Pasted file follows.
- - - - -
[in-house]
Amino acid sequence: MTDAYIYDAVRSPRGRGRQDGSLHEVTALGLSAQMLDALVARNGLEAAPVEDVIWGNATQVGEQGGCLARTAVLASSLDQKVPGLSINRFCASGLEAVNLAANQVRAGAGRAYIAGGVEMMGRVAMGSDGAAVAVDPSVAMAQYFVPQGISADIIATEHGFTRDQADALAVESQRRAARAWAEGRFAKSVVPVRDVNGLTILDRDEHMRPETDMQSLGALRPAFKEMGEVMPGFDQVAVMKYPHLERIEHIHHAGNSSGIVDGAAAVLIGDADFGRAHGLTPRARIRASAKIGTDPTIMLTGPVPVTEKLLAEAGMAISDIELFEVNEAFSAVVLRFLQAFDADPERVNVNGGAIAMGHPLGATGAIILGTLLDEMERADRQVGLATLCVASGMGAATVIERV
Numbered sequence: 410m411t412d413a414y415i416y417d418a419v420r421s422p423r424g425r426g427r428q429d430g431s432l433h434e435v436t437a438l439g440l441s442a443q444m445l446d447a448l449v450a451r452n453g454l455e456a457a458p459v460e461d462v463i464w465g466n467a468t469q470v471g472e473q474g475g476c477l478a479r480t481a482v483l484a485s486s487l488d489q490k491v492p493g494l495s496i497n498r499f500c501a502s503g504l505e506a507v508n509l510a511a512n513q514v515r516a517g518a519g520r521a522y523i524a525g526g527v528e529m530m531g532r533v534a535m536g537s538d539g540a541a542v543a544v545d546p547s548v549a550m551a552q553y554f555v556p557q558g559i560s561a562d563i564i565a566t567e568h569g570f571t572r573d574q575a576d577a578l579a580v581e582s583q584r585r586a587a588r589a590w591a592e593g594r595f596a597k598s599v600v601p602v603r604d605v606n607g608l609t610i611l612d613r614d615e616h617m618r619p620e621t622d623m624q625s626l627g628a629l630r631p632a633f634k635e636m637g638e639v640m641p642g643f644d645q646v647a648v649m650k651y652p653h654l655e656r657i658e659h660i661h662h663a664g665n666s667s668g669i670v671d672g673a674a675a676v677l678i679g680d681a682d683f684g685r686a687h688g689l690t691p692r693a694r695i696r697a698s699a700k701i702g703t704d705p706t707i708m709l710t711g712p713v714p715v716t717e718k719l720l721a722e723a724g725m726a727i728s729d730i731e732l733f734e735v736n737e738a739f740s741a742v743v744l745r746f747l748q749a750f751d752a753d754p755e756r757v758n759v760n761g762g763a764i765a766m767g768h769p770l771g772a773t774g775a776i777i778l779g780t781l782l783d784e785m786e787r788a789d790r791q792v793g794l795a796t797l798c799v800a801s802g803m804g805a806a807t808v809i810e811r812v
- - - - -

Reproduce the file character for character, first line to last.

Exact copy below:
[in-house]
Amino acid sequence: MTDAYIYDAVRSPRGRGRQDGSLHEVTALGLSAQMLDALVARNGLEAAPVEDVIWGNATQVGEQGGCLARTAVLASSLDQKVPGLSINRFCASGLEAVNLAANQVRAGAGRAYIAGGVEMMGRVAMGSDGAAVAVDPSVAMAQYFVPQGISADIIATEHGFTRDQADALAVESQRRAARAWAEGRFAKSVVPVRDVNGLTILDRDEHMRPETDMQSLGALRPAFKEMGEVMPGFDQVAVMKYPHLERIEHIHHAGNSSGIVDGAAAVLIGDADFGRAHGLTPRARIRASAKIGTDPTIMLTGPVPVTEKLLAEAGMAISDIELFEVNEAFSAVVLRFLQAFDADPERVNVNGGAIAMGHPLGATGAIILGTLLDEMERADRQVGLATLCVASGMGAATVIERV
Numbered sequence: 410m411t412d413a414y415i416y417d418a419v420r421s422p423r424g425r426g427r428q429d430g431s432l433h434e435v436t437a438l439g440l441s442a443q444m445l446d447a448l449v450a451r452n453g454l455e456a457a458p459v460e461d462v463i464w465g466n467a468t469q470v471g472e473q474g475g476c477l478a479r480t481a482v483l484a485s486s487l488d489q490k491v492p493g494l495s496i497n498r499f500c501a502s503g504l505e506a507v508n509l510a511a512n513q514v515r516a517g518a519g520r521a522y523i524a525g526g527v528e529m530m531g532r533v534a535m536g537s538d539g540a541a542v543a544v545d546p547s548v549a550m551a552q553y554f555v556p557q558g559i560s561a562d563i564i565a566t567e568h569g570f571t572r573d574q575a576d577a578l579a580v581e582s583q584r585r586a587a588r589a590w591a592e593g594r595f596a597k598s599v600v601p602v603r604d605v606n607g608l609t610i611l612d613r614d615e616h617m618r619p620e621t622d623m624q625s626l627g628a629l630r631p632a633f634k635e636m637g638e639v640m641p642g643f644d645q646v647a648v649m650k651y652p653h654l655e656r657i658e659h660i661h662h663a664g665n666s667s668g669i670v671d672g673a674a675a676v677l678i679g680d681a682d683f684g685r686a687h688g689l690t691p692r693a694r695i696r697a698s699a700k701i702g703t704d705p706t707i708m709l710t711g712p713v714p715v716t717e718k719l720l721a722e723a724g725m726a727i728s729d730i731e732l733f734e735v736n737e738a739f740s741a742v743v744l745r746f747l748q749a750f751d752a753d754p755e756r757v758n759v760n761g762g763a764i765a766m767g768h769p770l771g772a773t774g775a776i777i778l779g780t781l782l783d784e785m786e787r788a789d790r791q792v793g794l795a796t797l798c799v800a801s802g803m804g805a806a807t808v809i810e811r812v